RJB Mining seeks to calm fears of further pit closures

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The Independent Online
RJB Mining sought to head off fears of further imminent pit closures yesterday, after announcing plans to shut down Asfordby Mine in Leicestershire, the UK's most advanced pit.

Gordon McPhie, RJB finance director, said each of the remaining 15 pits had a separate business plan which could guarantee their future, at least until reserves were exhausted.

The company is currently negotiating new coal contracts with the three big coal-burning electricity generators, National Power, PowerGen and Eastern Group. The existing contracts, which guarantee RJB 30 million tonnes of coal for the generators, expire next April. So far contacts for just 3 million tonnes have been agreed, involving the Selby coalfield and the adjacent Drax power station complex.

Mr McPhie said the generating companies were unlikely to switch to buying much of their coal on the world spot markets, despite lower prices for imports. "It isn't going to happen. The generators burnt a total of 50 million tonnes of coal last year. How are they going to get all that from the spot market?" said Mr McPhie.

RJB is thought to be pressing for an average price of pounds 1.28 per gigajoule for its supplies, against around pounds 1.20 suggested by the generators, a difference of about pounds 4 a tonne. The talks are not likely to conclude until the end of this year.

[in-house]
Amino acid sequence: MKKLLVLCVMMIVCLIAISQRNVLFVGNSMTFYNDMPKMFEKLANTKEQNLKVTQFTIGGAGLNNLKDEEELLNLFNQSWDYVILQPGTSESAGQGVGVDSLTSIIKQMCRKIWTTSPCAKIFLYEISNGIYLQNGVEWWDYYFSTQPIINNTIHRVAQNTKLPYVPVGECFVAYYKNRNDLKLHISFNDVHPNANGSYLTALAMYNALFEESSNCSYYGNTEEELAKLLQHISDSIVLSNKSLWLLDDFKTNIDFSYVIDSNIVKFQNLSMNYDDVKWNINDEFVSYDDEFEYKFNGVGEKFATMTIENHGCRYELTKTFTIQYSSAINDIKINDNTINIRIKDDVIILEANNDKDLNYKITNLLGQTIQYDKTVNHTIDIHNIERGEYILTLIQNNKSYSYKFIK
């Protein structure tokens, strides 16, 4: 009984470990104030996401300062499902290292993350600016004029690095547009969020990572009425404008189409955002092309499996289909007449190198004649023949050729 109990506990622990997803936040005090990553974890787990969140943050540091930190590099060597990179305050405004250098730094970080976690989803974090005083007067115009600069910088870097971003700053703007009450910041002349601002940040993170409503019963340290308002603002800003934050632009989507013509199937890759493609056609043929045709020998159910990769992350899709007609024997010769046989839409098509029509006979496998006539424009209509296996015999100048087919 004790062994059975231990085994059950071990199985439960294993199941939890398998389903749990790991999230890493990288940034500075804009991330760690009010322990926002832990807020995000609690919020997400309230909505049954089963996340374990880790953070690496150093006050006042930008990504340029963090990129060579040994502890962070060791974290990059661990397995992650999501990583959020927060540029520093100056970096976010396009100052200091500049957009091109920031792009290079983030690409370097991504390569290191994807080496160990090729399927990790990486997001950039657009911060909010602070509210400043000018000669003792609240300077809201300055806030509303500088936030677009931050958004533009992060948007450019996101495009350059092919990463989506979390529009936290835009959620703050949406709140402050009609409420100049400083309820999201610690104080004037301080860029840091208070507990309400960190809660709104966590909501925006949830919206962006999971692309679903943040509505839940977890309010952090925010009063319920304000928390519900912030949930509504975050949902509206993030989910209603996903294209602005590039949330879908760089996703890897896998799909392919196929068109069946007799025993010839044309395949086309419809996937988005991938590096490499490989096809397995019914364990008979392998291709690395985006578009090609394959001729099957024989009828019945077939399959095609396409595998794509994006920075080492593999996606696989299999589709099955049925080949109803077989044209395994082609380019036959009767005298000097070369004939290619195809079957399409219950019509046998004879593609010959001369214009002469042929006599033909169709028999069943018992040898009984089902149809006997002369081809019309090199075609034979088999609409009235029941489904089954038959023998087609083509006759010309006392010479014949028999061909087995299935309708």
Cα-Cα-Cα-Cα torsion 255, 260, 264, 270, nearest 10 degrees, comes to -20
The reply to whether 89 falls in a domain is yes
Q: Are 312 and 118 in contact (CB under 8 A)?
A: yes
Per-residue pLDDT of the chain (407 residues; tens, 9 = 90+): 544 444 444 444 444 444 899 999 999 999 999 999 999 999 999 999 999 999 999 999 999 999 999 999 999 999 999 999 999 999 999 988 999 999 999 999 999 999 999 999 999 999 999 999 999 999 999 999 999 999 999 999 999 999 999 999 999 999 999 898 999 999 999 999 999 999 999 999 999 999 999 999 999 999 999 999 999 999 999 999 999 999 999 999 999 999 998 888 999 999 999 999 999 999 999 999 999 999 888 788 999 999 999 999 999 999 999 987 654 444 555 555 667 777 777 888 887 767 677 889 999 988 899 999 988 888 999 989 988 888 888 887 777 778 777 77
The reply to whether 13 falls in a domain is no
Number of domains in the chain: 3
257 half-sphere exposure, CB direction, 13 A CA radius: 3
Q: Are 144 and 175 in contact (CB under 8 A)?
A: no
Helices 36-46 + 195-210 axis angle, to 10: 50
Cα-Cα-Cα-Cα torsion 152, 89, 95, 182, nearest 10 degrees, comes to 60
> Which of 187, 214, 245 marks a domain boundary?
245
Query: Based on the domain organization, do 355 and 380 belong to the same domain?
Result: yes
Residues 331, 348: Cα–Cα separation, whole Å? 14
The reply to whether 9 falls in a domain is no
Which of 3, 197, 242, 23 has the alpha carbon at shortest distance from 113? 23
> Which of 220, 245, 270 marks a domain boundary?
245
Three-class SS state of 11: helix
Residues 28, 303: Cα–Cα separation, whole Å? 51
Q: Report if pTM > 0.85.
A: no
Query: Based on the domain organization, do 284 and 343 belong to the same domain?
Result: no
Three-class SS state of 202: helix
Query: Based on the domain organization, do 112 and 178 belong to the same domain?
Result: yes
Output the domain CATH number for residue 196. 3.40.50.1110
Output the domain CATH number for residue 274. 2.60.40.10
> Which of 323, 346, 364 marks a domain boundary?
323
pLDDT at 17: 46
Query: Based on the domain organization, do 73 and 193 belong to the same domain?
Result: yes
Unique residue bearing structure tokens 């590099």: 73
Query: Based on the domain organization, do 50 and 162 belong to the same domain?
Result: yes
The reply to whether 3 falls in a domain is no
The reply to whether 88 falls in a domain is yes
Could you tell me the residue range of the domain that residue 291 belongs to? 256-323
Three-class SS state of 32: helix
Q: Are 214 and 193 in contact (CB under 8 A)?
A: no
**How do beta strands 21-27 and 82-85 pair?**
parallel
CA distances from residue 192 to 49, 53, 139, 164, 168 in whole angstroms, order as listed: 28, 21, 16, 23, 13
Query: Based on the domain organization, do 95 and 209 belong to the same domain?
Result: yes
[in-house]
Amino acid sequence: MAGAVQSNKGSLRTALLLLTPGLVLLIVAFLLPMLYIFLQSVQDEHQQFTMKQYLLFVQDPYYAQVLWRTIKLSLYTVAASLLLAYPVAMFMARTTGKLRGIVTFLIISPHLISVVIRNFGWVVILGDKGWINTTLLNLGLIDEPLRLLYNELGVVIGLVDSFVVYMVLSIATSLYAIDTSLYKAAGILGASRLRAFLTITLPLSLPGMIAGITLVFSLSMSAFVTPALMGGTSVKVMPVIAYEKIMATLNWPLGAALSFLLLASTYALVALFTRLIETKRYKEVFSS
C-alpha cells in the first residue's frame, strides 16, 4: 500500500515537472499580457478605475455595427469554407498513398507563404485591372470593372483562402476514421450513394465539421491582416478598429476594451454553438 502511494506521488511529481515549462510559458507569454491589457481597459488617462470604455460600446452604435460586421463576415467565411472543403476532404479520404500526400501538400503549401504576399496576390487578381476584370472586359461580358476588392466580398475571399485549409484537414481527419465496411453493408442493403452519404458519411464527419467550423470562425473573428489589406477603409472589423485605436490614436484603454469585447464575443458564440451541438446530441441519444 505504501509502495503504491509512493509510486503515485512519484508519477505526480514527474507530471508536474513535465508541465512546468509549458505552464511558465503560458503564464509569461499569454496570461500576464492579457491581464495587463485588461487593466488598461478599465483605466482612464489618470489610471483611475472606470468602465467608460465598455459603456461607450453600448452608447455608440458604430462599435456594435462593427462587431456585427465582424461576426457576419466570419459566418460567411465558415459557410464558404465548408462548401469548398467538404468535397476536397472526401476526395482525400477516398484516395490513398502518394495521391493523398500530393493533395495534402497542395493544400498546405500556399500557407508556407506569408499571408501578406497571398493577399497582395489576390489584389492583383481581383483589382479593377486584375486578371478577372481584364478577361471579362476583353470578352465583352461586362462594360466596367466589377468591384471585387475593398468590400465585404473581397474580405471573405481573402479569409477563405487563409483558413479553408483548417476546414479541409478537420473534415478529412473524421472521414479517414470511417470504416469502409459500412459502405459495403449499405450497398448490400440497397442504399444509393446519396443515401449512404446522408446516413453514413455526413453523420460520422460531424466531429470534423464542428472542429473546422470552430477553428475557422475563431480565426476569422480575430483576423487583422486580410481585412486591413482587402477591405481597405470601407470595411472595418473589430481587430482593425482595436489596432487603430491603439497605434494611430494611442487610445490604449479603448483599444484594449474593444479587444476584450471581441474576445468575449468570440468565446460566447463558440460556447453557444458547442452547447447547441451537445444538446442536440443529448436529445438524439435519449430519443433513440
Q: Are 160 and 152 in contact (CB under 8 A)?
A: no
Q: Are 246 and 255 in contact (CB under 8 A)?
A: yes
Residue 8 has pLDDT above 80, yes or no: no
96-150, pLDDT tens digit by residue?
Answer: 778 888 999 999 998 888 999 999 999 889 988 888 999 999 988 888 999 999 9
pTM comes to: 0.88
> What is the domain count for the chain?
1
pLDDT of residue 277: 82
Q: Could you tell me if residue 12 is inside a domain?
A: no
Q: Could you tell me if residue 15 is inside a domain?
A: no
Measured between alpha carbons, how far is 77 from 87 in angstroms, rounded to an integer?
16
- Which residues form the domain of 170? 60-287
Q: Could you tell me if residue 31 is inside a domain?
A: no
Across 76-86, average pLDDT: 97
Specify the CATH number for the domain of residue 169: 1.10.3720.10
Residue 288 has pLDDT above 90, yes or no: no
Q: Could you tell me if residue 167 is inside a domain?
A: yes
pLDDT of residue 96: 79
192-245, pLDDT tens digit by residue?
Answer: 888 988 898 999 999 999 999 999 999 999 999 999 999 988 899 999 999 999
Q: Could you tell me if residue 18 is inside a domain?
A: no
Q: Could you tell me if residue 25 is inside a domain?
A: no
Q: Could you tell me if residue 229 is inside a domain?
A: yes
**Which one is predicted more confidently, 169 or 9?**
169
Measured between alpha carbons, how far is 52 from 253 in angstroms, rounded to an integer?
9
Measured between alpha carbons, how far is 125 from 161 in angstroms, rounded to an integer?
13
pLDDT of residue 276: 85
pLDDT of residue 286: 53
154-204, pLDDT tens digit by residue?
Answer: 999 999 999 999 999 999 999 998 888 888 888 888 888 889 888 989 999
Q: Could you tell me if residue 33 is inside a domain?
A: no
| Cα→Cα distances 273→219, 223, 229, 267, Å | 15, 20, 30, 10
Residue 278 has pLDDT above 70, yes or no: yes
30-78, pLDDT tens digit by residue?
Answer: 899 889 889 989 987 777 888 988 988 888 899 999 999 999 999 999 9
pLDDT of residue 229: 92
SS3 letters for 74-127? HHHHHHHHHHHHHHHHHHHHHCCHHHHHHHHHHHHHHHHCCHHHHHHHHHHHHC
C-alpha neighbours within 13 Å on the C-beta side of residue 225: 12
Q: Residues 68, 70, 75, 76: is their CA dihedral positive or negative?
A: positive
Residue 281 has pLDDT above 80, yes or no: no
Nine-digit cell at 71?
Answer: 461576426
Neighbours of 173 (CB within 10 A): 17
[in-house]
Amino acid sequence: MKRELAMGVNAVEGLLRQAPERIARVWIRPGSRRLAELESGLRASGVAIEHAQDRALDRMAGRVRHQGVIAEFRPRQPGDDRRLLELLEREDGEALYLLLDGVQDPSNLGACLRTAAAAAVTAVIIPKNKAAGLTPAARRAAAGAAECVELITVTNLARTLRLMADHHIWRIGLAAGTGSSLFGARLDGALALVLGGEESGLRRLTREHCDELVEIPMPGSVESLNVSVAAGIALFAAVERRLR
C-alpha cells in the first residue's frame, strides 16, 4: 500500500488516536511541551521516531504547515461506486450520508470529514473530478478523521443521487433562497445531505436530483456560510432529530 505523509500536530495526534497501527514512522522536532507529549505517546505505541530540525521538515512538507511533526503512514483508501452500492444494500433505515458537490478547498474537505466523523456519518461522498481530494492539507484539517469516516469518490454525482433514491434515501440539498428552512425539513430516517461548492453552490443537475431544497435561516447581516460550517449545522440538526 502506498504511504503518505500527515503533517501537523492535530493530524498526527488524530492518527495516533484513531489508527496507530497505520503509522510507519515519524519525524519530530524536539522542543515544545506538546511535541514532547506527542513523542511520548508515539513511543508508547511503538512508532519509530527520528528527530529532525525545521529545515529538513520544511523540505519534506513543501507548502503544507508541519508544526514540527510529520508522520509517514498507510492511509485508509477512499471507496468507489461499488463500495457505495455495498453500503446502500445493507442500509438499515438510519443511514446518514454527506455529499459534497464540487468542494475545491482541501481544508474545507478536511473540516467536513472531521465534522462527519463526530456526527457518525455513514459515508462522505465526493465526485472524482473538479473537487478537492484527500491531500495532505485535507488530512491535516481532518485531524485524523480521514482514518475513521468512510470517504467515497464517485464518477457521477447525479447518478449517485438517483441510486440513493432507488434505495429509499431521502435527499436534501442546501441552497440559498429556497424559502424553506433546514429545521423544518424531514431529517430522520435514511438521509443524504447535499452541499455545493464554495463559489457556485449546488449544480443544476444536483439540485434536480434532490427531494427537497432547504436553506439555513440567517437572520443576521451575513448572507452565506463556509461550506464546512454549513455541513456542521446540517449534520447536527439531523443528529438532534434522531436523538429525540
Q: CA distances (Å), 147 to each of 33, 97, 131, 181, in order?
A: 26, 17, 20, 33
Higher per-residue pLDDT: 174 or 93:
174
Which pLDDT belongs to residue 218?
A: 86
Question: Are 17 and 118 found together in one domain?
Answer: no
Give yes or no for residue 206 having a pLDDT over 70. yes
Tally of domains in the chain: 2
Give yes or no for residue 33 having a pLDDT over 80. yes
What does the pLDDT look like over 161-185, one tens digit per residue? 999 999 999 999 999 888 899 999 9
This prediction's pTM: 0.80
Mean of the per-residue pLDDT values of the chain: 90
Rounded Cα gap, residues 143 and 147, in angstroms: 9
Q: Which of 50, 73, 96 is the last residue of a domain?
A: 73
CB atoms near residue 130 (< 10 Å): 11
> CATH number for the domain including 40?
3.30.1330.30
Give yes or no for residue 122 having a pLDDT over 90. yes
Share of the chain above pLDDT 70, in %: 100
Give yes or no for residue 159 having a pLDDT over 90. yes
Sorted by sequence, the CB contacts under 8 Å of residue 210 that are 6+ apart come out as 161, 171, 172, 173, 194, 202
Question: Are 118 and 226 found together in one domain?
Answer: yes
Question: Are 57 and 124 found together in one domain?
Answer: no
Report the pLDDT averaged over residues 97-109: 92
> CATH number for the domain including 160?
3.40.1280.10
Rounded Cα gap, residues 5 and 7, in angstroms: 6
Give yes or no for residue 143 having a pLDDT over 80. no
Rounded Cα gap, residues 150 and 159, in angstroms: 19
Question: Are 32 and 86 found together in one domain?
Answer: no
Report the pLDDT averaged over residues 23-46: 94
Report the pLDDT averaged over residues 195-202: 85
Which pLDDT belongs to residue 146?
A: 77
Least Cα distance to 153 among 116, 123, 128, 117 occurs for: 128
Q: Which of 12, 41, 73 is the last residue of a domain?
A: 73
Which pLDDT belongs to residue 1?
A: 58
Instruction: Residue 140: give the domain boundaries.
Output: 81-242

David Price, from the industry journal Coal UK, said the position had worsened in recent months, with electricity burnt from coal down by some 25 per cent this year. "The market is declining rapidly and Budge, as the swing supplier, is taking all the hits."

Shares in RJB fell 5p yesterday to 312.5p, compared with a 12 month peak of 565p, on the news that Asfordby was to close after suffering years of geological problems. The share price compares with the 320p offer price for shares in the 1994 rights issue, when RJB raised pounds 385m to help fund the pounds 815.3m purchase of British Coal's English pits.

Malcolm Edwards, the former British Coal commercial director whose company, Coal Investments, went into administration last year, claimed it was too late for the industry to secure the bulk of the remaining pits. "You've got to look to something cataclysmic to get a major sea change in public opinion. The time to act was in 1992 when 31 pits were closed."

RJB anticipated the trouble with Asfordby early last year, when it wrote off pounds 78m from the asset value of the pit. At the time Richard Budge, RJB chief executive, said he was giving the site "one last go" to try to extract coal profitably.

British Coal originally envisaged production of 4.5 million tons a year from Asfordby, which would have a 25 year life and gradually replace the previous "super-pits" in the Selby complex. But the forecasts were lowered as the geological difficulties arose.

At the time of RJB's rights issue in 1994 the company showed the latest British Coal predictions of 2.7 million tons by 1999, an estimate later halved by RJB.

The pit made an operating loss of pounds 16.3m in 1995, followed by further losses of pounds 19.9m last year. However this year it had broken even, though only by mining a much smaller face after work on the 250 metre long main face had been abandoned.